A sick nursing home resident lies in bed
Credit: RUBEN BONILLA GONZALO/Getty Images Plus

Nearly $1 billion in grant funding aimed at helping long-term care providers improve wages and benefits, as well as infection control efforts, is on the table in the Senate’s latest version of the Build Back Better Act.

The Senate Finance Committee released updated text of the social spending plan that President Joe Biden is eager to push through. House lawmakers gave the measure their stamp of approval in late November. Biden, who hoped to pass the spending package by Christmas, on Thursday noted that it could take “weeks” to get a deal done.  

Among several provisions specific to nursing homes and long-term care, the Senate’s version calls for $800 million in grant funding to: provide wage or benefit enhancements to staff who care for residents; improve and develop training and career development opportunities, including training for infection control; and expand staffing for care of residents to increase staffing ratios.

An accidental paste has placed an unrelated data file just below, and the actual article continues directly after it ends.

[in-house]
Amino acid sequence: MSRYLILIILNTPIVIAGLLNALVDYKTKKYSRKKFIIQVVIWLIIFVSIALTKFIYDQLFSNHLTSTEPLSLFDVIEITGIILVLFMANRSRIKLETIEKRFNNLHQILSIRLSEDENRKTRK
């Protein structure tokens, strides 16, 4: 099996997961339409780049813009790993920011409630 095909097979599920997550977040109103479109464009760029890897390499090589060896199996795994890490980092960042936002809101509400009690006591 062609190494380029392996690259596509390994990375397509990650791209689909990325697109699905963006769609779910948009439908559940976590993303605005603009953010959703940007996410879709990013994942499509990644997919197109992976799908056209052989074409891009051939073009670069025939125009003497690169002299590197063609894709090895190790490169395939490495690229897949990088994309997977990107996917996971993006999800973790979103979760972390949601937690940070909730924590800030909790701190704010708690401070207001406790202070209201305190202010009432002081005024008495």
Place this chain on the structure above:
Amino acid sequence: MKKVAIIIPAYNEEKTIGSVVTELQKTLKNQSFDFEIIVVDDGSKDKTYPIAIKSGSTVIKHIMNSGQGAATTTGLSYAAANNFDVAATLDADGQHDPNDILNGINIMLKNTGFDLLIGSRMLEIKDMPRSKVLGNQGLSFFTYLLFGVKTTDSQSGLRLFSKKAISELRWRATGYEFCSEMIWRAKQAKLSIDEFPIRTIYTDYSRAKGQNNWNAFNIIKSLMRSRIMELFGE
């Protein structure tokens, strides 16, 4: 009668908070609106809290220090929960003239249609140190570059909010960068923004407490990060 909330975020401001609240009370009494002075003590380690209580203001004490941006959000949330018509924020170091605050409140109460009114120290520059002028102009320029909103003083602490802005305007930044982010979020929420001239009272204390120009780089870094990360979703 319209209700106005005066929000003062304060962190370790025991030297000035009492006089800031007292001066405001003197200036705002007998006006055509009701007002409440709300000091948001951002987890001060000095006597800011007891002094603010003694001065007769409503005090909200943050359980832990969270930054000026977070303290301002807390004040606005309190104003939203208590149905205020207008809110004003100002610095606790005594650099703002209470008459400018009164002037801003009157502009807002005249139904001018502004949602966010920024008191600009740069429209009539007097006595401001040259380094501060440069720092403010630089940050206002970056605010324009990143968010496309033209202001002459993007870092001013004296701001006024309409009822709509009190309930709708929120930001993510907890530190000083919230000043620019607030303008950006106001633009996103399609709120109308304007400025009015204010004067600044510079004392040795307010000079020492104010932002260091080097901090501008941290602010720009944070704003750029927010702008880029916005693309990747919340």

The above proposal was not included in the House’s version but a provision included in the draft text calls for enhanced funding to support staffing and quality care in nursing facilities, according to an analysis by the Center for Medicare Advocacy.

The Senate’s version also still calls for the calls on federal health officials to conduct a study to determine the ideal minimum nurse staff-to-resident ratio for SNFs, but took out a House proposal that then mandated those minimum requirements for facilities.

The measure, as in the House version, would require SNFs to have an RN present 24 hours per day, which would be an increase from the current federal requirement of eight hours. 

“Nursing homes support a requirement to have a registered nurse (RN) on-staff 24 hours a day, but it will require hiring at least 21,000 more RNs and cost at least $2.5 billion a year,” Mark Parkinson, president and CEO of the American Health Care Association, said in a statement Wednesday. “Without the necessary resources, senators must remove this unfunded mandate.”

Other provisions in the Senate’s version include: $325 million toward conducting reviews of survey enforcement and processes; $100 million toward ensuring no less than 3.5% of all facilities are participating in the Special Focus Facility program; and revisions to temporary increase of FMAP funding approved for COVID-19 relief measures. 

“Fully funding our long-term care sector, incentivizing providers to do the right thing, and working together to enhance quality care should be our focus,” Parkinson said.